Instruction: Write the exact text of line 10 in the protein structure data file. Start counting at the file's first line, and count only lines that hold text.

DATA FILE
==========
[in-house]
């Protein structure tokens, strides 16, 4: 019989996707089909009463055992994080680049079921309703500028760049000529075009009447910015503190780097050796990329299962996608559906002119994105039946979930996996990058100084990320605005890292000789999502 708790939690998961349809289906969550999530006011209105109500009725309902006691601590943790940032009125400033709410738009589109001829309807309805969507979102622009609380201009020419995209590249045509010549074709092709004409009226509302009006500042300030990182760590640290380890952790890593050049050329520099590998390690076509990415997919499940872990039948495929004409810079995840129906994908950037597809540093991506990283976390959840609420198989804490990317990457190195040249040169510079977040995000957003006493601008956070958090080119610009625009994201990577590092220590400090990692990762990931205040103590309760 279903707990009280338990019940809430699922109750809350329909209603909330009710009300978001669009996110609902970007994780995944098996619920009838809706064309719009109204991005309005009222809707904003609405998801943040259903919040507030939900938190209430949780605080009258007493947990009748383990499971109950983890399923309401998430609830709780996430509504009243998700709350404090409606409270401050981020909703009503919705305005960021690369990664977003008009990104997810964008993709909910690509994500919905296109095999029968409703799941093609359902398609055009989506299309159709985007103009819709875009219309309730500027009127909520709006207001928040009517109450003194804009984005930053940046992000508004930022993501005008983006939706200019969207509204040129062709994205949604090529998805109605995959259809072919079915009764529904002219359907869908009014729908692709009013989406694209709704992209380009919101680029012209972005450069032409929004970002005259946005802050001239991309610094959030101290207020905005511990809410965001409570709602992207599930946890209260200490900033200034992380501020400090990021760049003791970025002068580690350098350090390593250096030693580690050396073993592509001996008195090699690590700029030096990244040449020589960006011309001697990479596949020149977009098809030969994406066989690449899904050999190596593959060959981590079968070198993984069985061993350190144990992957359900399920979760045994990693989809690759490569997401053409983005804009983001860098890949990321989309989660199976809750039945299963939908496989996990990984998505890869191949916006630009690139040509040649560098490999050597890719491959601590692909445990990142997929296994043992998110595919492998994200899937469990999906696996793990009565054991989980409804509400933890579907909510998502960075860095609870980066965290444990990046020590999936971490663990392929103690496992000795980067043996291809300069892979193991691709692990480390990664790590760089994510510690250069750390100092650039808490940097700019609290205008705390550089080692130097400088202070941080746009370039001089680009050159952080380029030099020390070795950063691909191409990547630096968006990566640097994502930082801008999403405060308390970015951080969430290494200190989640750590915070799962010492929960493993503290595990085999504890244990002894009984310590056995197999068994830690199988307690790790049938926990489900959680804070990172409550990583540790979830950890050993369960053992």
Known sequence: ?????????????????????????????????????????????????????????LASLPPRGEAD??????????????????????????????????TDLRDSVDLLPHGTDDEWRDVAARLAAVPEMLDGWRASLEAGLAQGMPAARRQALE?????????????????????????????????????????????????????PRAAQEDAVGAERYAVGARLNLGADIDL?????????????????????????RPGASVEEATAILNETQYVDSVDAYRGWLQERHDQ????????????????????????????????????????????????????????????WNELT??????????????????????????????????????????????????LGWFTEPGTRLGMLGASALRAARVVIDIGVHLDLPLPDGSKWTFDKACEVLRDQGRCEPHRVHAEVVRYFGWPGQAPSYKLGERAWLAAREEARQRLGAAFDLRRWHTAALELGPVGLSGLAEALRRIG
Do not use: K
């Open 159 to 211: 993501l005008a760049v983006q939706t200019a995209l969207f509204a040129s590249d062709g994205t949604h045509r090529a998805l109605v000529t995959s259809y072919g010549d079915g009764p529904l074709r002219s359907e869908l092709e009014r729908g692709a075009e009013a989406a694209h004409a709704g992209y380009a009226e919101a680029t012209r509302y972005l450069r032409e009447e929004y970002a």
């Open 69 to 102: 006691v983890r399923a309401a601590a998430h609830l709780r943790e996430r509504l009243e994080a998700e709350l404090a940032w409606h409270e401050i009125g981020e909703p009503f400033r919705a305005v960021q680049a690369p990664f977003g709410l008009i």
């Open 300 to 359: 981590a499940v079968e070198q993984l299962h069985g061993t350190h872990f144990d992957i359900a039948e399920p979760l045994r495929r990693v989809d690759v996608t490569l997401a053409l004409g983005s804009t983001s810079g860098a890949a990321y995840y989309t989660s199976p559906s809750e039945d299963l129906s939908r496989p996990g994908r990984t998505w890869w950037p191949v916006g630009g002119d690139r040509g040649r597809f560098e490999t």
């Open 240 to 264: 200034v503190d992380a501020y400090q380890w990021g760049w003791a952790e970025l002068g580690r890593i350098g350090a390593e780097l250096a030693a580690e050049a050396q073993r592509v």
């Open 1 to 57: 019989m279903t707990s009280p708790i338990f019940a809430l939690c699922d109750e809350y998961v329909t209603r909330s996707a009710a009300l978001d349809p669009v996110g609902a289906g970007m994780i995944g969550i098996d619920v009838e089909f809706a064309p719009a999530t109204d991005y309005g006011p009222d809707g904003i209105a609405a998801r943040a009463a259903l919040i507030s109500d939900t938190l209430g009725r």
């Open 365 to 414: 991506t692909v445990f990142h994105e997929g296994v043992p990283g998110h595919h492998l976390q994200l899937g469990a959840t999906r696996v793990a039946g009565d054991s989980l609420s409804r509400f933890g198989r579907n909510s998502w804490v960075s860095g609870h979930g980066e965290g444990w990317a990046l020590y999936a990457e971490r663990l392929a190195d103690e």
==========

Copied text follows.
């Open 365 to 414: 991506t692909v445990f990142h994105e997929g296994v043992p990283g998110h595919h492998l976390q994200l899937g469990a959840t999906r696996v793990a039946g009565d054991s989980l609420s409804r509400f933890g198989r579907n909510s998502w804490v960075s860095g609870h979930g980066e965290g444990w990317a990046l020590y999936a990457e971490r663990l392929a190195d103690e």